Meribel is the heart in arguably the world’s largest lift linked ski area, the 3 Vallees, (though the Portes du Soleil argue that is the largest lift linked area). It is an attractive chalet-style, modern, purpose-built ski resort and the combination of great skiing, first class location, forest setting and the pretty chalet-style village helps make Meribel one of the most popular destinations for British skiers and boarders in Europe. Easy to get to as well from Geneva, Grenoble, Chambery, Lyon and on the train from Moutiers.
Meribel has invested very heavily in its lift system and holds the record for high capacity gondola lifts, which means it can probably transport more skiers uphill faster than any other resort, which means that queues are a rarity and piste eaters get to clock up more km per hour than any other resort, outside America.
Meribel is very popular with the British market and large swathes arrive each winter, with those with a higher budget generally staying around Meribel Centre, those with a lower budget generally staying at Meribel-Mottaret, whilst Courchevel in the next valley is popularly regarded as being a tad more more French, more chic, a little more up market and consequently… more expensive. For pricing the lower down valley you are, the cheaper it is to stay.
Meribel’s location helps skiers staying there to make the best of the Three Valleys. On the eastern side you have classy Courchevel’s fabulous skiing and on the western side you have the higher altitude slopes of Val Thorens with Les Menuires and St. Martin below it, in the Belleville valley. Meribel’s own central valley runs north to south and so skiers can keep in the sun all day, with the whole valley in the sun over lunch. La Tania is the other main village which completes the circuit.
The choice of skiing here is substantial, with 150 km of pistes in the Meribel Valley alone and around 600km in total, including all the interlinked neighbouring valleys, which being quite high offers more of a realistic chance to actually ski all the areas, through more consistent snow conditions and connections to the other valleys being higher up.
Downhill choices are as close to limitless as they can be and, whilst the 3 Vallees is often referred to as an ‘intermediates’ paradise’ there is really plenty for experts to enjoy too, such as the off-piste Mt. Vallon face above Meribel-Mottaret or the legendary black runs of Les Bosses. The Women’s Olympic Downhill run offers challenges, especially at speed and there’s lots of fun to be had in the powder or treeline skiing.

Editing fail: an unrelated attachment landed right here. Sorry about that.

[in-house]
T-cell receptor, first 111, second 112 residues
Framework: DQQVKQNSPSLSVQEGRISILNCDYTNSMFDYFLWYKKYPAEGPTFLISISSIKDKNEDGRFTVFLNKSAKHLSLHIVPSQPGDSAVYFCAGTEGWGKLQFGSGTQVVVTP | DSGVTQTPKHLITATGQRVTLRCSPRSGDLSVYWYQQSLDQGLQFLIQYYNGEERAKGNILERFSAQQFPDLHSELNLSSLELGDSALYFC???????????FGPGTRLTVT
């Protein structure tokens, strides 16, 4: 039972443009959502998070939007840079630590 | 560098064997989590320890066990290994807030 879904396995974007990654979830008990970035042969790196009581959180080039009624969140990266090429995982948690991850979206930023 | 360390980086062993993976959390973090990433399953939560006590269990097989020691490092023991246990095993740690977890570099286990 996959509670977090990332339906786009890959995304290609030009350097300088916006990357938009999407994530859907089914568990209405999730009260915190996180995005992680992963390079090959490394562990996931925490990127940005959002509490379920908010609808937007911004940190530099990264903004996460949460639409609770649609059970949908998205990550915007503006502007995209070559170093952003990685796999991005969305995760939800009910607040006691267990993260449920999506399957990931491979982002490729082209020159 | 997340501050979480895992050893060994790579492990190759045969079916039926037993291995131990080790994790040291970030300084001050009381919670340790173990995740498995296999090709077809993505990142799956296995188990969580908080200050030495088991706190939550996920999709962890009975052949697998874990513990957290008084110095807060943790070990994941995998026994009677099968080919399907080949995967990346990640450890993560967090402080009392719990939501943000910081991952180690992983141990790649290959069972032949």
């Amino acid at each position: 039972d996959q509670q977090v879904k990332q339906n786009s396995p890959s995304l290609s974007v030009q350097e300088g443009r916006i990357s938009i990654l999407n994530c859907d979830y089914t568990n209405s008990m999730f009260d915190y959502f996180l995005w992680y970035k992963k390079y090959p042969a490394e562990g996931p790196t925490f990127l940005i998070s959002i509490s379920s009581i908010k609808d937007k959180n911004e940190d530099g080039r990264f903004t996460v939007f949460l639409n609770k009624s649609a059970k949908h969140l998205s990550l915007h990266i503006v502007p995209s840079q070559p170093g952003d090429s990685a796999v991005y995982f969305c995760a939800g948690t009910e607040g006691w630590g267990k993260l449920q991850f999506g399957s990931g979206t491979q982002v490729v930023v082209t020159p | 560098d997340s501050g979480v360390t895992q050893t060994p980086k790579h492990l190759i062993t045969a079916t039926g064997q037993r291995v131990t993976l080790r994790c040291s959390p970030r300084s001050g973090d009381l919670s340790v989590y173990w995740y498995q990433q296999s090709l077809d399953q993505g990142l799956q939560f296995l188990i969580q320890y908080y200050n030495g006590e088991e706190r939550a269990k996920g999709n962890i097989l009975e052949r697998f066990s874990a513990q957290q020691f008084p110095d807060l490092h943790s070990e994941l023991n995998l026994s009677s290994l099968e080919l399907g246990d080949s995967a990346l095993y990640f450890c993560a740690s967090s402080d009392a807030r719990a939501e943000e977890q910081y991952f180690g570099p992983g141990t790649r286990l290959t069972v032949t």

Easier choices include the 3.6km long red run down the Combe du Vallon or the Pic Noir descent through the trees from Col de la Loze. Beginners have easier runs up by the Altiport and Rond Point des Pistes, as well as a special beginners’ area at Meribel-Mottaret. There are a number of Ski schools too, which generally have a good reputation and with such a choice we mainly recommend New Generation, SkiBro and Oxygène, for all ability levels.
Meribel tries to appeal to families – for instance the swimming pool with its big water slide. Children up to age 12 get a discount on their pass, though all children over 5 having to be paid for. Ski pass offers though include a family ticket with discounted prices for children up to age 18. Accommodation options are wide and varied with many catered chalets, self catered apartments and 3 and 4 star hotels, with a number of convenient ski in ski out options. Pricewise accommodation options can pretty well suit almost any budget. We offer a good few on our website but please email us to help you find your ideal solution.
With any young ones with you, there is now a good nursery at the Olympic Park development, which takes children from 18 months to 3 years of age and has its own cafe on site. There are also three snow gardens organised by the ESF ski school and some of the hotels offer childcare facilities or children’s entertainments. Several tour operators also organise their own day-care and the tourist office provides a baby sitter list. We are happy to advise where we can.
As for doing what the locals do, local speciality drinks include the ‘grolle’ (a mix of coffee and eau de vie) whilst there’s ‘Tartiflette’ – a bacon and potato gratin topped by Reblochon cheese, to sample for lunch or after skiing. For desert there is the specially created ‘Meribellois’ – a meringue, almond and chestnut biscuit. France in general is also renowned for its raclette options of melted cheese onto potatoes and/or ham/other meats. Yummy. With over 100 eateries to choose from the choices are once again vast, ranging from cheap and cheerful to top notch … a la carte. The vast majority however are more cosy traditional-style smaller establishments, serving Savoyard and Alpine favourites.
Meribel has some of the livliest apres of any French ski resort – as long as you stick near the village centre. Jacks Bar, Le Rond Point and O’Sullivans are perhaps the best known with fun and dancing until the wee small hours. Meribel-Mottaret and the other outlying neighbourhoods are mostly quiet, but still fine if you don’t want to be out much beyond midnight.
Meribel – 150km
3 Valleys – 600km
Green slopes: 8
Blue slopes: 26
Red slopes: 23
Black slopes: 7
Ski lifts: 41